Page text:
Primark to forgo £700m of sales in H2
Primark confirmed on Tuesday that its operating profit fell by 90% to £43m in H2 as the budget fashion brand raised its estimate for the volume of sales that will be lost due to trading restrictions in the second half of the current year.
Associated British Foods (LON:ABF), Primark’s parent company, said in its trading statement that while many stores in the UK have set trading records since returning to business on April 12, trading across the continent has been mixed.
While many stores have reopened with restricted trading in place, a number have seen delays. Subsequently, Primark is expecting to miss out on £700m in H2, up from an earlier estimate of £480m.
Primark said its US operations had made a profit and that the reopening phase in Europe would be particularly cash generative as already paid-for stock is sold on.
The retailer plans to repay £121m from the UK government’s furlough scheme, set up to protect workers during the coronavirus pandemic, ABF said on Tuesday, while confirming that it will pay an interim dividend of 6.2p a share in July.
The outlook for AB Foods’ sugar, grocery and ingredients businesses in the second half was also muted after an “exceptional” first six months.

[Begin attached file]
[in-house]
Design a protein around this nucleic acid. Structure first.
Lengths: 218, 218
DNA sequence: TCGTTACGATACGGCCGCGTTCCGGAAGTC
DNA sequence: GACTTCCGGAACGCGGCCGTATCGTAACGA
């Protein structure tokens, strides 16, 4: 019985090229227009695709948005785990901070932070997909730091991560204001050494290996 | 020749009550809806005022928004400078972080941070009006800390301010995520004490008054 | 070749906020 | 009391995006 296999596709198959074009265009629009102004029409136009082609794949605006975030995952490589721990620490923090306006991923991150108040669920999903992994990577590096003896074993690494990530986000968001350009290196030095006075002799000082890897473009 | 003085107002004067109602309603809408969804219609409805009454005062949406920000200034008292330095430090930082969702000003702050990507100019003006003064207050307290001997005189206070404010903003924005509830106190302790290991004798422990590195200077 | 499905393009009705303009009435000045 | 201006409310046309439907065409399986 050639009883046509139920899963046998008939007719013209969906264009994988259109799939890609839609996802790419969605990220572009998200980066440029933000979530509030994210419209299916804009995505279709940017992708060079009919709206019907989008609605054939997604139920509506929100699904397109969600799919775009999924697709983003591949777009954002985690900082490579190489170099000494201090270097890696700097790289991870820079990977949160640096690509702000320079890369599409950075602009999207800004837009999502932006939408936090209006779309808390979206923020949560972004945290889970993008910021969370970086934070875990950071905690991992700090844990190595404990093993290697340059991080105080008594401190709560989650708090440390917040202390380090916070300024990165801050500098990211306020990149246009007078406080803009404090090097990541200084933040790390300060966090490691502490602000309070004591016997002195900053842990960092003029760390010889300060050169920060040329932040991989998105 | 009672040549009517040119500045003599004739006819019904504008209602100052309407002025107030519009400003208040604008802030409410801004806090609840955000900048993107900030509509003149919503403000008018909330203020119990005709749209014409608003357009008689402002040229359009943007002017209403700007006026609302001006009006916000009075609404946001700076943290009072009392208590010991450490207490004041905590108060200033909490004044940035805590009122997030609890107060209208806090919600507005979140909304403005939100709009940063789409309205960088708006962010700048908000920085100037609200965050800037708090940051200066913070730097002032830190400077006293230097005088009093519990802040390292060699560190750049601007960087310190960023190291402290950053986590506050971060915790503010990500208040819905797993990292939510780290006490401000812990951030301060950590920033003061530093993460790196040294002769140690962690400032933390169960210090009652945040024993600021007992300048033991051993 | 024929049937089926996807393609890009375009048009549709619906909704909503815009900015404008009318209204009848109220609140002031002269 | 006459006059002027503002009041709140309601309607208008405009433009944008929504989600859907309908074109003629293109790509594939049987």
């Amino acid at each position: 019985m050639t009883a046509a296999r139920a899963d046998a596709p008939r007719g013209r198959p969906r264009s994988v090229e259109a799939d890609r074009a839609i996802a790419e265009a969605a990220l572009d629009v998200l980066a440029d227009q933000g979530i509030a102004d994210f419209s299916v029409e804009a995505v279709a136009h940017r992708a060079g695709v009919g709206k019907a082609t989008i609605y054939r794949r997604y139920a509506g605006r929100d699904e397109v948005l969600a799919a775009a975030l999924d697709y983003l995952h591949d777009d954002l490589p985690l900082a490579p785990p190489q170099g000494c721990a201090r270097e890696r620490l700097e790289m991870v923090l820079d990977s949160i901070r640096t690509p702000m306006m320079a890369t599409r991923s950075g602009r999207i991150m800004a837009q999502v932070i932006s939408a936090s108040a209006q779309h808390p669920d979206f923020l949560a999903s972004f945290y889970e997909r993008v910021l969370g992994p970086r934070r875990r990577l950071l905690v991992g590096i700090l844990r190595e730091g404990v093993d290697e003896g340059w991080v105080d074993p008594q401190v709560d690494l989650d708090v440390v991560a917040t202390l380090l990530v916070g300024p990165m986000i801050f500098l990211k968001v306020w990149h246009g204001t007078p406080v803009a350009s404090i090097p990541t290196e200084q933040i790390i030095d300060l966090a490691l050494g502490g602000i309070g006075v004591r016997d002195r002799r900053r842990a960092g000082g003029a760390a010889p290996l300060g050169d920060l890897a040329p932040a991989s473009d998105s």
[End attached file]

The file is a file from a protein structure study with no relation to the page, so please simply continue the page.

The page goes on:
Chris Beckett, head of equity research at Quilter Cheviot, commented on Primark’s bounce following the reopening of the UK:
“Primark was clearly going to be a big beneficiary from the economic re-opening after a £3bn hit to sales experienced during the pandemic. But while we saw pictures of queues outside many stores last week, it is pleasing to have confirmation that Primark stores generated record sales in England and Wales, some 40% of their total global selling space, in the first week after reopening, showing strong pent-up demand from consumers for value-for-money clothing,” Beckett said.
“Over half the stores in England and Wales broke their own sales records, showing the strength of demand from consumers to spend their cash. Unlike in previous re-openings, Primark has seen more demand for fashion ranges rather than more essential items like nightwear, and per-person spending has improved.”